07 Mar Urban Waterfront Developments have to be Built
Creating successful riverfront or waterfront development in cities is a challenging task. It may seem like an easy task of just cleaning up the banks and giving public access to it, but its much more complex and there are numerous underlying issues. Cities across the world have undergone a similar pattern of development when it comes to water fronts. In pre-industrial cities, waterfronts played an important part in people’s lives. In India, where traditional rituals were and still are, linked to rivers, riverfront used to be an active interaction space for citizens. During the industrial era, the riverfront was opened up for industrial processes. Waterfront areas were lost to industries and urban services, thereby disconnecting the river from the people. In the post industrialised world of today, cities are once again focusing on connecting waterfronts to people.
But people have changed and urban lifestyles are no longer similar to the pre-industrial areas. Also, waterfronts are facing two opposing pressures – one, the push of the land use, transportation networks and real estate and two, the pull of its water carrying capacity and ecological processes. Any waterfront development will have to essentially balance these push-pull forces, to become successful.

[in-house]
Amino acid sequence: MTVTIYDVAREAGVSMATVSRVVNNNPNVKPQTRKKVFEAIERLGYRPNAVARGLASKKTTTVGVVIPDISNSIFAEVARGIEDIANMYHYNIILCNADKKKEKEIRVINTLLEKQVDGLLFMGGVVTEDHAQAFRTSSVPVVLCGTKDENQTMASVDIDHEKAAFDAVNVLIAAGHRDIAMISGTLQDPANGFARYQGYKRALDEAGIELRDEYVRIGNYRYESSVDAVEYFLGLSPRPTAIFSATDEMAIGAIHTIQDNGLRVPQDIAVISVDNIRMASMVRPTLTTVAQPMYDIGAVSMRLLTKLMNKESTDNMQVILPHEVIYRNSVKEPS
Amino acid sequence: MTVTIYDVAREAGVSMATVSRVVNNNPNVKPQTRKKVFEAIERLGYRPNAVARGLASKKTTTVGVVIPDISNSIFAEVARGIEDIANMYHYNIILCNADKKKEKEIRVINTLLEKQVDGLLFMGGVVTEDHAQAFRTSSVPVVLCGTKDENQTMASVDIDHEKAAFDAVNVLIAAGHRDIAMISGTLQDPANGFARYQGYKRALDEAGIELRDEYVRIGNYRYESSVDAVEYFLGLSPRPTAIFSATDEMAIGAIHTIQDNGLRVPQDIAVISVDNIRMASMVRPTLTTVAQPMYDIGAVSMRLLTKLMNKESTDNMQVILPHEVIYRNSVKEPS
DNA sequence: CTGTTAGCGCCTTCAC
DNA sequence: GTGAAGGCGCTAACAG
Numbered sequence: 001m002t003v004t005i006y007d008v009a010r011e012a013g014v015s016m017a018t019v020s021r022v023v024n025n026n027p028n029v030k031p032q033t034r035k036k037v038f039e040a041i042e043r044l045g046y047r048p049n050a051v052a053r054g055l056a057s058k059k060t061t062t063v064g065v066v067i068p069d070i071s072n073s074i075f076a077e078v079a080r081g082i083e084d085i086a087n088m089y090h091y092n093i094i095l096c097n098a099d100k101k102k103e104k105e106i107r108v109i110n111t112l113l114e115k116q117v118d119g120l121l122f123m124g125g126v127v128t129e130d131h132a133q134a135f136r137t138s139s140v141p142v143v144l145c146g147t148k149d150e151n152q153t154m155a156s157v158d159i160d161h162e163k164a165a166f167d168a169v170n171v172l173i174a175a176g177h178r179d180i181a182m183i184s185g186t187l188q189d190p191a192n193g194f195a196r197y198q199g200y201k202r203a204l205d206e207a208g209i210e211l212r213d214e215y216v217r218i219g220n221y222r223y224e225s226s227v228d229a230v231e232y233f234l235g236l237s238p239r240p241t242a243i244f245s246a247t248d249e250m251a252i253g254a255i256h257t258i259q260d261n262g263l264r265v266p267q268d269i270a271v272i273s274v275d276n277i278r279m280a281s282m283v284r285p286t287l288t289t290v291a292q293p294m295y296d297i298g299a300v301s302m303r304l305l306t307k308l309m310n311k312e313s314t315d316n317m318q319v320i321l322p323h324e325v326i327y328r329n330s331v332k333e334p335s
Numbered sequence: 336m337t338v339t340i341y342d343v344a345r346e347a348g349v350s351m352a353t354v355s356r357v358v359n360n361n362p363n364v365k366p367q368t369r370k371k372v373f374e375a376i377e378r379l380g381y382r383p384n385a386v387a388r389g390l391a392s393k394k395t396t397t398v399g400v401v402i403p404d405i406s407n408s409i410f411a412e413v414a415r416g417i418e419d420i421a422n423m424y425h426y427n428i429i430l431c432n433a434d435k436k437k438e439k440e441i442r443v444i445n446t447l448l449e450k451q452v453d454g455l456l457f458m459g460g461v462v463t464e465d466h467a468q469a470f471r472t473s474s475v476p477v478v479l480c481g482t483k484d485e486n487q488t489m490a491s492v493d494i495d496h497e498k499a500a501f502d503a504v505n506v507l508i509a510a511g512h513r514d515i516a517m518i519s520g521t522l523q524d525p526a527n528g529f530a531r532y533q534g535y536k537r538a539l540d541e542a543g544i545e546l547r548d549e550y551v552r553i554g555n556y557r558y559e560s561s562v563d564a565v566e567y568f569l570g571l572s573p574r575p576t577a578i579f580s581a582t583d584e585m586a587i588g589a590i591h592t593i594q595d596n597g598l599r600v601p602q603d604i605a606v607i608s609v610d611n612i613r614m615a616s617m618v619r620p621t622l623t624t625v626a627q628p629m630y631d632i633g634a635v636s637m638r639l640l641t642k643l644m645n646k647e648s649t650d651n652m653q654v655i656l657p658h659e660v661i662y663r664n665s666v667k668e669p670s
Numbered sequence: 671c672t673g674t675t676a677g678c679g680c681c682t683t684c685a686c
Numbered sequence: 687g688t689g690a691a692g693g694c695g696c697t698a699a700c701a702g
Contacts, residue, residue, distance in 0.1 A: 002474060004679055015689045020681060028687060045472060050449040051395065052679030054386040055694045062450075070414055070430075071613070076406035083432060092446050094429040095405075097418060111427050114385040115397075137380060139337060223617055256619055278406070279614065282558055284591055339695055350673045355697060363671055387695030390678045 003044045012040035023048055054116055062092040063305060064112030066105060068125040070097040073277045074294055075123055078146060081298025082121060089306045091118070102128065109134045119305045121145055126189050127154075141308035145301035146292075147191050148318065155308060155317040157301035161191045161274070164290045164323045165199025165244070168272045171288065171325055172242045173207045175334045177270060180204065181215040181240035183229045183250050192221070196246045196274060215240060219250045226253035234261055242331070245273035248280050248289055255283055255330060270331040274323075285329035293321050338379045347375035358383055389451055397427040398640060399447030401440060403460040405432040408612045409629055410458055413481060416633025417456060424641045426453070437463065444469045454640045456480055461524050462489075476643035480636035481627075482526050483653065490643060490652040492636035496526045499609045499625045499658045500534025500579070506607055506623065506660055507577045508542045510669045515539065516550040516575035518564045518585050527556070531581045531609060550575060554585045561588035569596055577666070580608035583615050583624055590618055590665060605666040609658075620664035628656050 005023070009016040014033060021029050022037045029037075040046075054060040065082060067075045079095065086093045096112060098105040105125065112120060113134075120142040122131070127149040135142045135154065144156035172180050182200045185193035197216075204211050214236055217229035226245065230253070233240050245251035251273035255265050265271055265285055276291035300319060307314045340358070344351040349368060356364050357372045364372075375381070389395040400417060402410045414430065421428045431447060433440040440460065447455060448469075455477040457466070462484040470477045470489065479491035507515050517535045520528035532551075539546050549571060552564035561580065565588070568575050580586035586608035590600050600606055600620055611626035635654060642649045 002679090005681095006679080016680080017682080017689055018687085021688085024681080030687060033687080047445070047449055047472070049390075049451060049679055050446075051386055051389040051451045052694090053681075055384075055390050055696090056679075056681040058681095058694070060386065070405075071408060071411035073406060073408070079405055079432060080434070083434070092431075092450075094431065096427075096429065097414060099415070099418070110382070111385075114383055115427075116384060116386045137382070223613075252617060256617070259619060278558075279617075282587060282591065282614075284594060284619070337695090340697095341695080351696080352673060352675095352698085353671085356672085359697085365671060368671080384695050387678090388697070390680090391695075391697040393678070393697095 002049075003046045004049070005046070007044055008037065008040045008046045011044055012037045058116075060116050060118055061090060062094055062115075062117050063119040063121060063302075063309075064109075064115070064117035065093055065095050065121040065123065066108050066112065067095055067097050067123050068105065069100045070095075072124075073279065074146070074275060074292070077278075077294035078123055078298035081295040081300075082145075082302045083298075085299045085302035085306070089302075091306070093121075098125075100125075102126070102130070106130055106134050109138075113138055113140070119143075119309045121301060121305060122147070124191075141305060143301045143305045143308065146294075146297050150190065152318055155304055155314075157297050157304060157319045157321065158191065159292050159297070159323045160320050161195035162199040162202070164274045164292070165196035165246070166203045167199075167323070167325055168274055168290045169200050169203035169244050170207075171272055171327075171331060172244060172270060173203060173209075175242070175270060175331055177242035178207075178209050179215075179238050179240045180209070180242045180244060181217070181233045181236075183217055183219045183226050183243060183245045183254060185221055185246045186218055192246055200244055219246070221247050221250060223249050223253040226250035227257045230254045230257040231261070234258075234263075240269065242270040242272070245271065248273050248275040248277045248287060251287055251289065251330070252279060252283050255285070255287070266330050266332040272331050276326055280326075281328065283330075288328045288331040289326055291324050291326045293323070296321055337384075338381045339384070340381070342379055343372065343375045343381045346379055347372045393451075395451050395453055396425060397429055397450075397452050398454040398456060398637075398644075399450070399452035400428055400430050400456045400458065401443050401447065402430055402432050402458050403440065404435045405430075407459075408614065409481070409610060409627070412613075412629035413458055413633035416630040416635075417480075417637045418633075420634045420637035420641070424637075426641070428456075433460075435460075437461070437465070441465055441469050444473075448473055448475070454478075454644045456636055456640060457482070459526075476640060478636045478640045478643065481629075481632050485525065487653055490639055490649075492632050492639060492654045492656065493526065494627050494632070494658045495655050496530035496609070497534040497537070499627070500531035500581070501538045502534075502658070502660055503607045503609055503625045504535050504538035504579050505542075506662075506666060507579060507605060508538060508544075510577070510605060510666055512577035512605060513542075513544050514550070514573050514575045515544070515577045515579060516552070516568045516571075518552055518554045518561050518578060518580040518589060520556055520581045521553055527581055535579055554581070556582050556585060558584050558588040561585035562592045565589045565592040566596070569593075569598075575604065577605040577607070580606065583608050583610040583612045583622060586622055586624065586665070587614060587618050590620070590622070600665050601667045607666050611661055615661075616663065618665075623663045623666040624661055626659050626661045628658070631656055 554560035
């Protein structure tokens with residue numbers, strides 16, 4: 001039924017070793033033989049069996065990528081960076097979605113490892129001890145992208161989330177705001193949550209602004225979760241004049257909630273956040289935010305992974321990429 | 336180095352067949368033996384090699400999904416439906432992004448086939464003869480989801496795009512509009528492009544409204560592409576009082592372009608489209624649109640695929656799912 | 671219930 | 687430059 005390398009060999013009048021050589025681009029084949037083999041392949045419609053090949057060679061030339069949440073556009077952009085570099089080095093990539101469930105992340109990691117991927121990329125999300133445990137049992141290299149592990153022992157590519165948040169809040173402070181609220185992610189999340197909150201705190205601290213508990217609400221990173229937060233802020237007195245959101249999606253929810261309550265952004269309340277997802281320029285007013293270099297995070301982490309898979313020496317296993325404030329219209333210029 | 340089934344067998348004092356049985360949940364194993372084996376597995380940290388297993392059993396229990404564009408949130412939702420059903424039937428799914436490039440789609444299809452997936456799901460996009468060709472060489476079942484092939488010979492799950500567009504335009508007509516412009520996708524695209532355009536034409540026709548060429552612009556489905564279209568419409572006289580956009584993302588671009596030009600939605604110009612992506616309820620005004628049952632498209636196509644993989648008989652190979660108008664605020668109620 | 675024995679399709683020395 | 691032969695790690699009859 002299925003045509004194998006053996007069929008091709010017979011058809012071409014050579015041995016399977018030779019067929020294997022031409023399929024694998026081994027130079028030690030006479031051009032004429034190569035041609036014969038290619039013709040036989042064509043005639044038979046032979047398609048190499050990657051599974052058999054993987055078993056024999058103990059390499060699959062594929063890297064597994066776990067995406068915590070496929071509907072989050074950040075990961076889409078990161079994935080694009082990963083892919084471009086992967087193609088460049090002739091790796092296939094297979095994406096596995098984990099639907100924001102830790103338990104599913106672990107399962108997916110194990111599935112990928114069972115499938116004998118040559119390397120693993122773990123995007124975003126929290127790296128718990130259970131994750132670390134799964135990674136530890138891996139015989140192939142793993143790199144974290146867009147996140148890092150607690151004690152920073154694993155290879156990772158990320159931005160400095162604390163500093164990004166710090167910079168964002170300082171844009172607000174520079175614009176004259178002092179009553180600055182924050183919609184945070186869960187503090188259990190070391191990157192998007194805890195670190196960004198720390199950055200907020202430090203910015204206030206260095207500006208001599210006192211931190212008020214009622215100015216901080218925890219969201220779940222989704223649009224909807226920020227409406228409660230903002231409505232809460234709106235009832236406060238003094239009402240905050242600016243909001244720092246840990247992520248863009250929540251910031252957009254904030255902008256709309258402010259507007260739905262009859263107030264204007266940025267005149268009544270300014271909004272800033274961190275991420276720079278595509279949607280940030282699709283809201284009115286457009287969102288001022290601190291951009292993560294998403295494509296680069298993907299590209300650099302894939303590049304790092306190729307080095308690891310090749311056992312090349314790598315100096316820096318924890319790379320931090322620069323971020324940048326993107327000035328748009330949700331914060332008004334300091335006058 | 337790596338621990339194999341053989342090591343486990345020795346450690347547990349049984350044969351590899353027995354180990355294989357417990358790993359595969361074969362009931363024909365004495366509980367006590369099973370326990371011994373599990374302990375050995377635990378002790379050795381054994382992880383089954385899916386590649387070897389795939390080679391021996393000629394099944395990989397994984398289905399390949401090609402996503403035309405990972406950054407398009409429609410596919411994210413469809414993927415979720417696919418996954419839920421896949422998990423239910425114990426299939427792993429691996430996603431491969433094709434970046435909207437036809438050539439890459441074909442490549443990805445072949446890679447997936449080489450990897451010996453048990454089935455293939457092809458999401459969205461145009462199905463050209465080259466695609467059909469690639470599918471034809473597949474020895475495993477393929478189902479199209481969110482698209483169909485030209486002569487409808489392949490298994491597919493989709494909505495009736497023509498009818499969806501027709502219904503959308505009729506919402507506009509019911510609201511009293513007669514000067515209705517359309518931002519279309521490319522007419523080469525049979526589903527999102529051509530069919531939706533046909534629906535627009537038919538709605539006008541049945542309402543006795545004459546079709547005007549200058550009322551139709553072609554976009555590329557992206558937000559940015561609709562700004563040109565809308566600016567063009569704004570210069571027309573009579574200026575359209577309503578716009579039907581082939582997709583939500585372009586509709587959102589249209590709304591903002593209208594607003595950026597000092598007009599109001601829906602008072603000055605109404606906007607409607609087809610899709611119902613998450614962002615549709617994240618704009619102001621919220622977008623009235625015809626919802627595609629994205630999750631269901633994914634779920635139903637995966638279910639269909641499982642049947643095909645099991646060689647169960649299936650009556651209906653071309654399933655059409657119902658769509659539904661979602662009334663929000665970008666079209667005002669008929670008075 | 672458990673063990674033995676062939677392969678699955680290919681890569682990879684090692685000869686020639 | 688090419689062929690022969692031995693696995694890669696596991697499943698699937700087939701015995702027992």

So ideally, how should a waterfront of a city look like? Recently, in one of the newspaper articles in Pune, a group of prominent citizens have commented that Pune’s waterfront cannot be “ghats built to make it a concrete edge”. The same group also commented that the riverfront cannot be a part of the transportation network of the city. A group also went on to condemn the investment in public wastewater expenditure to clean up the water in the river. These comments threw up the question of “how should a waterfront of a city look like?” What have other cities across the world done to their waterfronts? Which are the most exemplary case studies which we can and should replicate?
A project for Public Spaces, a not for profit organisation that focuses on creating great, sustainable public spaces for cities, has ranked good waterfront developments across the world. The list is as below: